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Title:Ideological differences in the use of social class categories to organize and understand society
Author(s):Ondish, Peter
Director of Research:Stern, Chadly
Doctoral Committee Chair(s):Stern, Chadly
Doctoral Committee Member(s):Cohen, Dov; Albarracín, Dolores; Fraley, Chris; Cheng, Joey; Baillargeon, Renée
Department / Program:Psychology
Discipline:Psychology
Degree Granting Institution:University of Illinois at Urbana-Champaign
Degree:Ph.D.
Genre:Dissertation
Subject(s):political ideology
social class
policy attitudes
motivation
Abstract:Why do liberals and conservatives often fail to see eye-to-eye on social policies that seek to reduce economic inequality in the United States? I integrate a historical/cultural perspective with contemporary research on liberals’ and conservatives’ motivations to show that social policy disagreements result in part from a fundamental difference between how liberals and conservatives attempt to organize and understand a complex and ambiguous social world with social class categories. Specifically, I first investigated whether liberals and conservatives differ in their beliefs of social class as an organizing principle (SCOP) through which they understand the world (Study 1). In Study 2, I investigated whether liberals and conservatives differ in their SCOP beliefs because of differences in automatic or controlled cognitive processes. I found that liberals and conservative experience similar category activation of social class categories, but differ in how they deliberately use social class descriptors to describe social others. I then tested whether liberals’ and conservatives’ motivations explained ideological differences in SCOP beliefs (Study 3). In Study 4, I further investigated whether liberal-conservative differences in SCOP beliefs are motivationally driven by experimentally manipulating the relevance of the system in question. Finally, Study 5 investigated whether SCOP beliefs explained ideological differences in social policy attitudes that address inequality (Study 5). Overall, the present research suggests that liberals and conservatives may differ in their social policy attitudes because they construct different understandings of society based on social class.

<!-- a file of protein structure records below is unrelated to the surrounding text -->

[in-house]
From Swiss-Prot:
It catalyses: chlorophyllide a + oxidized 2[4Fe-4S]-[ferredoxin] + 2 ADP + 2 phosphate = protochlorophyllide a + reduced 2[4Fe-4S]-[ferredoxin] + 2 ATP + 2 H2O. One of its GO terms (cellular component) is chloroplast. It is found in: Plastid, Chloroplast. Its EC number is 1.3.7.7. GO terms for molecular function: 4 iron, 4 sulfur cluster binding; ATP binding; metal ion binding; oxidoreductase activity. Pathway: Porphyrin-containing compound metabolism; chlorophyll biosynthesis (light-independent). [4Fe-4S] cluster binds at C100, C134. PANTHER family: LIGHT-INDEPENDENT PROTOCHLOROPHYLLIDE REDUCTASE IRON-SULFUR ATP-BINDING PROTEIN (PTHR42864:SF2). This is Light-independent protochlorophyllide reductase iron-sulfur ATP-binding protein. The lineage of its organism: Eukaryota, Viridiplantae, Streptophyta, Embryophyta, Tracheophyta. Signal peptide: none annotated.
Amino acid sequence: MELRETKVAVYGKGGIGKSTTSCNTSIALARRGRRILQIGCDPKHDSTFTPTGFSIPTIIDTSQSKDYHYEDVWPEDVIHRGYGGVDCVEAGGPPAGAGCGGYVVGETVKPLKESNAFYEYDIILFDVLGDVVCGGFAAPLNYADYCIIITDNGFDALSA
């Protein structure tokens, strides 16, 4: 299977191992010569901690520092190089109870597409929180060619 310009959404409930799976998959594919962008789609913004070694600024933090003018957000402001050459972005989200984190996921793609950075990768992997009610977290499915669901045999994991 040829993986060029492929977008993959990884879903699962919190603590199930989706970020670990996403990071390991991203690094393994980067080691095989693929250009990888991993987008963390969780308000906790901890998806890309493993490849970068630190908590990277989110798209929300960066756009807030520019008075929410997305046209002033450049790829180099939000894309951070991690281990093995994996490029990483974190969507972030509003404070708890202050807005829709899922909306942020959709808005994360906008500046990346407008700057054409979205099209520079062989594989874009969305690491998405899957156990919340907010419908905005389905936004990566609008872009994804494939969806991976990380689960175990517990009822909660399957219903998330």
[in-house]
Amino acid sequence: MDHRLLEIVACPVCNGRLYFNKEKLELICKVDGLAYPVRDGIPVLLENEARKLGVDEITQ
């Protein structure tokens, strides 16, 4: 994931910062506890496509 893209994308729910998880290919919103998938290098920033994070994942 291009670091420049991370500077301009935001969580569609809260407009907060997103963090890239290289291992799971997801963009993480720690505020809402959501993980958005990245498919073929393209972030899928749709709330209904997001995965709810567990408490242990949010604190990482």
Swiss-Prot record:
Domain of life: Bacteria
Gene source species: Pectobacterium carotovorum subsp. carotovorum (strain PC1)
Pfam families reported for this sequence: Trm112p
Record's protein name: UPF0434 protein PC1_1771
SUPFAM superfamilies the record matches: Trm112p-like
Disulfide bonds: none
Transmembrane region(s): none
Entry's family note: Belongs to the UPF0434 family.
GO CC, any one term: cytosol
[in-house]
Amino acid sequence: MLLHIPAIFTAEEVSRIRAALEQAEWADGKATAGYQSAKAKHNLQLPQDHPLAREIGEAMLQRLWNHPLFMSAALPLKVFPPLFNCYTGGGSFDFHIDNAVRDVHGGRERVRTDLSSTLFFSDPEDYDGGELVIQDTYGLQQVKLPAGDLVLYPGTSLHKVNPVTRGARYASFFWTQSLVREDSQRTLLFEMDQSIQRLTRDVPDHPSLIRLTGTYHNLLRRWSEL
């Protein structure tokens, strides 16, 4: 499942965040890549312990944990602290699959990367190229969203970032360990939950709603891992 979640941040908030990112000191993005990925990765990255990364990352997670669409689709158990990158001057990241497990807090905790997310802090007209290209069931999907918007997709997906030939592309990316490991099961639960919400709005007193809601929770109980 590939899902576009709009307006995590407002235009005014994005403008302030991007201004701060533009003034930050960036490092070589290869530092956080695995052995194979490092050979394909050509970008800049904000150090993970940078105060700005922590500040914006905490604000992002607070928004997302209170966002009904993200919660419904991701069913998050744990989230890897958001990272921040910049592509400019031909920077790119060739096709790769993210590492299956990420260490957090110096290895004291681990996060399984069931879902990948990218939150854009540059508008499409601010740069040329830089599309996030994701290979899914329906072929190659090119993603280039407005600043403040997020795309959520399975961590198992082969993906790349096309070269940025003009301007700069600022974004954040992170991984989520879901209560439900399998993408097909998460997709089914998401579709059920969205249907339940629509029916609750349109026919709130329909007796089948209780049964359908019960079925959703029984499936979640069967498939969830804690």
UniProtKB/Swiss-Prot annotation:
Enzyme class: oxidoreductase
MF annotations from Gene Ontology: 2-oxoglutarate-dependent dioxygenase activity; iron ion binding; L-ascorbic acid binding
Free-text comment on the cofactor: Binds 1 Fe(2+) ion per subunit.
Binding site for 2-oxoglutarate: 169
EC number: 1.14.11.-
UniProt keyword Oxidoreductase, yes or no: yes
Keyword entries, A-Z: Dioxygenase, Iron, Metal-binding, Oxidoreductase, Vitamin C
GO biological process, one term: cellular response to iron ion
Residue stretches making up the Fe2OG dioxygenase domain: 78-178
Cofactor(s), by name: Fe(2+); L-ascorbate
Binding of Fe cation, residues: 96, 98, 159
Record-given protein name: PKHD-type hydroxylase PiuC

Issue Date:2019-04-12
Type:Text
URI:http://hdl.handle.net/2142/105168
Rights Information:Copyright 2019 Peter Ondish
Date Available in IDEALS:2019-08-23
Date Deposited:2019-05


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